Iowa’s Soil and Water Conservation Districts – Good conference, good people

On Tuesday and Wednesday of this week, we headed down to Prairie Meadows in Altoona for the 2015 Iowa Soil and Water Conservation District Commissioners 69th Annual Conference. The Iowa Water Center has exhibited at the last three conferences, and we must say, it gets better every year. Clare Lindahl and her staff at Conservation Districts of Iowa work incredibly hard to put together a fun, informative conference with some big names in the business – the luncheon speaker on Tuesday was Kirk Hanlin, Assistant Chief of the Natural Resources Conservation Service, and on Wednesday, Iowa’s own Secretary of Agriculture Bill Northey.

Our limited budget doesn’t allow us to exhibit at a lot of conferences each year, but we make sure to include this conference at the top of our list. We always see good friends, like Jamie Benning, who masterfully connects people and watersheds to Extension programming as the Water Quality Program Manager for Iowa State University Extension and Outreach, and Jackie Comito with Iowa Learning Farms and Water Rocks! (who, by the way, was honored this past spring as a recipient of the National Wetlands Award).  We were happy to see we were positioned next to our perennial neighbor at this conference, Leopold Center for Sustainable Agriculture. It gives us a chance to catch up with our colleagues – these are busy times in the Iowa water landscape, so we don’t always have the time to keep up with each other like we’d like to!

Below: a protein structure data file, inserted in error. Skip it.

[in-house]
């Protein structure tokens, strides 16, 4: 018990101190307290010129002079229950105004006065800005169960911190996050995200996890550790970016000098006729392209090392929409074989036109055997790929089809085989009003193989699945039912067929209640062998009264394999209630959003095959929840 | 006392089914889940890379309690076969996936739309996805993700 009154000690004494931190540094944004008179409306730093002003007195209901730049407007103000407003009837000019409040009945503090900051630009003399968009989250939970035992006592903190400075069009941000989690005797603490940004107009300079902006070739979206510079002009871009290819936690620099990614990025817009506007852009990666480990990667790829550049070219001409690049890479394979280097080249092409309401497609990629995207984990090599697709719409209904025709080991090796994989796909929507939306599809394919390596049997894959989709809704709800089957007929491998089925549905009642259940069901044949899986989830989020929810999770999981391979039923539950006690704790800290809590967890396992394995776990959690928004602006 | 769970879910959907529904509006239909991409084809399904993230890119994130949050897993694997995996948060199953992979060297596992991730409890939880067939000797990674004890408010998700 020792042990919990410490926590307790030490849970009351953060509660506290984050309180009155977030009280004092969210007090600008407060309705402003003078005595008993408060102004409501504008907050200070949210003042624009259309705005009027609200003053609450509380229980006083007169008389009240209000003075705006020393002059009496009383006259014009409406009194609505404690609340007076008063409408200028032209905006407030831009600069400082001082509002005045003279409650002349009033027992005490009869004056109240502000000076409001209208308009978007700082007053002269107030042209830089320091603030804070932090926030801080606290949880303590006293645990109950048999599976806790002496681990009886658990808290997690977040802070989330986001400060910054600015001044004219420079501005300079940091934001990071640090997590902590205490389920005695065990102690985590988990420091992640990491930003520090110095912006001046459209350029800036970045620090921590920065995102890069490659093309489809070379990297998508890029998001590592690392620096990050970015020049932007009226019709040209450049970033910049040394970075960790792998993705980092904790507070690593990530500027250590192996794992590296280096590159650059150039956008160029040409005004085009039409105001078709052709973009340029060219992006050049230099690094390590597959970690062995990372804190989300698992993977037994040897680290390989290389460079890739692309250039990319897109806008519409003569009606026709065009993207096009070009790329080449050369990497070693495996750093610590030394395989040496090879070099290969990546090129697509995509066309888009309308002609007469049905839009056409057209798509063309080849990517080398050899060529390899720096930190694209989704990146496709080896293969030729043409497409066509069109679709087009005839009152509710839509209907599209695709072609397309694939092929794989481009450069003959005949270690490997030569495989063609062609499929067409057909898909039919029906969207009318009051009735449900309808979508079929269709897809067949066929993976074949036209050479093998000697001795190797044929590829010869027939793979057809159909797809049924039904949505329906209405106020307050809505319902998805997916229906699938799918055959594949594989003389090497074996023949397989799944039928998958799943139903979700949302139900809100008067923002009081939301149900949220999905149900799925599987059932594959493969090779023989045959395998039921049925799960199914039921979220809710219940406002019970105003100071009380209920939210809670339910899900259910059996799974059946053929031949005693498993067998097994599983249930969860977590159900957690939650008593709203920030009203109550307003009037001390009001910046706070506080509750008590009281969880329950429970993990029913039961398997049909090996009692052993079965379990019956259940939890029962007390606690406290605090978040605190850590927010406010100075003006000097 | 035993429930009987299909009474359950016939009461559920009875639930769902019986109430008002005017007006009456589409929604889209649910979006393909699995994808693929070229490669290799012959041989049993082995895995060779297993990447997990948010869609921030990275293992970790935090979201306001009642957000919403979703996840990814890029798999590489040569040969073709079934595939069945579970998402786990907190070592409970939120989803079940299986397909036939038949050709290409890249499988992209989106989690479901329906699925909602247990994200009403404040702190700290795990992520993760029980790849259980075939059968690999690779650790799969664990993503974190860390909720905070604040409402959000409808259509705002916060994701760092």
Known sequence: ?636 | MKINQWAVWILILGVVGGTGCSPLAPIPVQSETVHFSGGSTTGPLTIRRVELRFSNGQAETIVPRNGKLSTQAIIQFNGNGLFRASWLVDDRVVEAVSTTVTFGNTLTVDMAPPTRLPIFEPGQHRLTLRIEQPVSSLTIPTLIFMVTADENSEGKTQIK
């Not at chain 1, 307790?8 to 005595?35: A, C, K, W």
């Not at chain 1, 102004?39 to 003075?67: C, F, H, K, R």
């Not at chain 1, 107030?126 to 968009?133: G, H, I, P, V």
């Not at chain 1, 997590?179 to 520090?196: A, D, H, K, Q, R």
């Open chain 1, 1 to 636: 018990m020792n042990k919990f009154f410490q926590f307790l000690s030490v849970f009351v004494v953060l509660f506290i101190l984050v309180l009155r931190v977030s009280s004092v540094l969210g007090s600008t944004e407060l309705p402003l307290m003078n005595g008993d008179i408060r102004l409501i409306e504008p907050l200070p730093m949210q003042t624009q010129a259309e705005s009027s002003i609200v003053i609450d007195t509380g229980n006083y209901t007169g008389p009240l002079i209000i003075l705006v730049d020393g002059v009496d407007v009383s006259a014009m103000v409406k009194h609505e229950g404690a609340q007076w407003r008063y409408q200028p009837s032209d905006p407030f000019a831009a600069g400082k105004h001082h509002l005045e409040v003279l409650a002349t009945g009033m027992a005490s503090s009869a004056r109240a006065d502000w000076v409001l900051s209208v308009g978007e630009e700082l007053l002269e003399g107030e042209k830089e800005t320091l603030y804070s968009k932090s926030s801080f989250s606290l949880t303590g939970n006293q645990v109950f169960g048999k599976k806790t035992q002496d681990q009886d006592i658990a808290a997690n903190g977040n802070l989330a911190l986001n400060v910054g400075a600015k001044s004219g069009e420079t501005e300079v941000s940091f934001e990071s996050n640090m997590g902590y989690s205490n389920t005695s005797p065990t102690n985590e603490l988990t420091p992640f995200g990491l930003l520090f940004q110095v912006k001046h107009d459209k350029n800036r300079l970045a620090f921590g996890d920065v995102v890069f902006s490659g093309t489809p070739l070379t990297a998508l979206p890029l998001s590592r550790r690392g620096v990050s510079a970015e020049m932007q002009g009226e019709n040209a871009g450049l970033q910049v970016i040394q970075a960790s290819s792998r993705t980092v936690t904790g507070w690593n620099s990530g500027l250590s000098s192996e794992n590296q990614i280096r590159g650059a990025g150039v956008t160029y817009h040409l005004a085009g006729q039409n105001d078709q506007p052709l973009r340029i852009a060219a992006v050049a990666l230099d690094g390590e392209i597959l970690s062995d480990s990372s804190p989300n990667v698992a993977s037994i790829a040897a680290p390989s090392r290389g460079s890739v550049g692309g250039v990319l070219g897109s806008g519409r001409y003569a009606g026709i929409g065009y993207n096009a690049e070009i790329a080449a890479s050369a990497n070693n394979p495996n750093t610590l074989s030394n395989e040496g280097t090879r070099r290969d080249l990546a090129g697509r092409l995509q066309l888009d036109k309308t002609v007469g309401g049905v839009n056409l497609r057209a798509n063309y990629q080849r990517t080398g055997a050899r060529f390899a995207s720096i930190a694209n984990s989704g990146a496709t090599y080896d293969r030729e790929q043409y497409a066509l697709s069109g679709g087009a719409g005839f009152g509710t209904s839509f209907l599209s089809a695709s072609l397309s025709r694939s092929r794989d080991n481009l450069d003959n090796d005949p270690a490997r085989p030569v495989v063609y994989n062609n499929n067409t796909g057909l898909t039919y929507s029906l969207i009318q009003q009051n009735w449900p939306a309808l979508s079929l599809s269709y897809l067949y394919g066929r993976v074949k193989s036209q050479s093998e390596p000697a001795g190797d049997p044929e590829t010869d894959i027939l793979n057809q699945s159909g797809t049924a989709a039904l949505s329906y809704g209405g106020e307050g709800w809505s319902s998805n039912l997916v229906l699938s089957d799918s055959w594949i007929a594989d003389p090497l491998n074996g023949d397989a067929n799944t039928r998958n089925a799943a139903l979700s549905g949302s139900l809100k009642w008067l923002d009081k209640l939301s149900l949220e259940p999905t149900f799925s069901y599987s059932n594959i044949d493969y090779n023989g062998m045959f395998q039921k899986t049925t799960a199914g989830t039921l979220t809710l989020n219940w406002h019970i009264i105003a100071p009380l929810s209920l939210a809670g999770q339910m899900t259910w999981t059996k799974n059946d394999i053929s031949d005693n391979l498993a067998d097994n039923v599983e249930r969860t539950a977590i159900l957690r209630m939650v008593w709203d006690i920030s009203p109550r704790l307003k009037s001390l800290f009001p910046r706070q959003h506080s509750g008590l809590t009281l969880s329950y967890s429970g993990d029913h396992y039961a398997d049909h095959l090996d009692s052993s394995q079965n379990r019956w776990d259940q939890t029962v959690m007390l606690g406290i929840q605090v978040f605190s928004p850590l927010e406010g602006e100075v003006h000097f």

Another reason we keep coming back is the quality conversations we have with attendees of the conference. Our booth is boring compared to some others – we don’t hand out pens, or candy, or keychains – in fact, this year, we just had our display, Iowa Water Conference Save-the-Date postcards, and copies of our white paper of Water Resources Priorities from the 2015 Iowa Water Conference session. But the district commissioners don’t care that they won’t pick up a water bottle or a stress ball from us. They want to know who we are, what we do, what we’re working on, and how they can use us as a resource. These are elected officials who will go back home after two days of soaking up information and will use it to better soil and water conservation management in their district. There are 500 soil and water conservation district commissioners, and they want to talk to you (yes, you!) about what can be done in YOUR district for soil and water. Find contact information for your commissioners and have a conversation about conservation.

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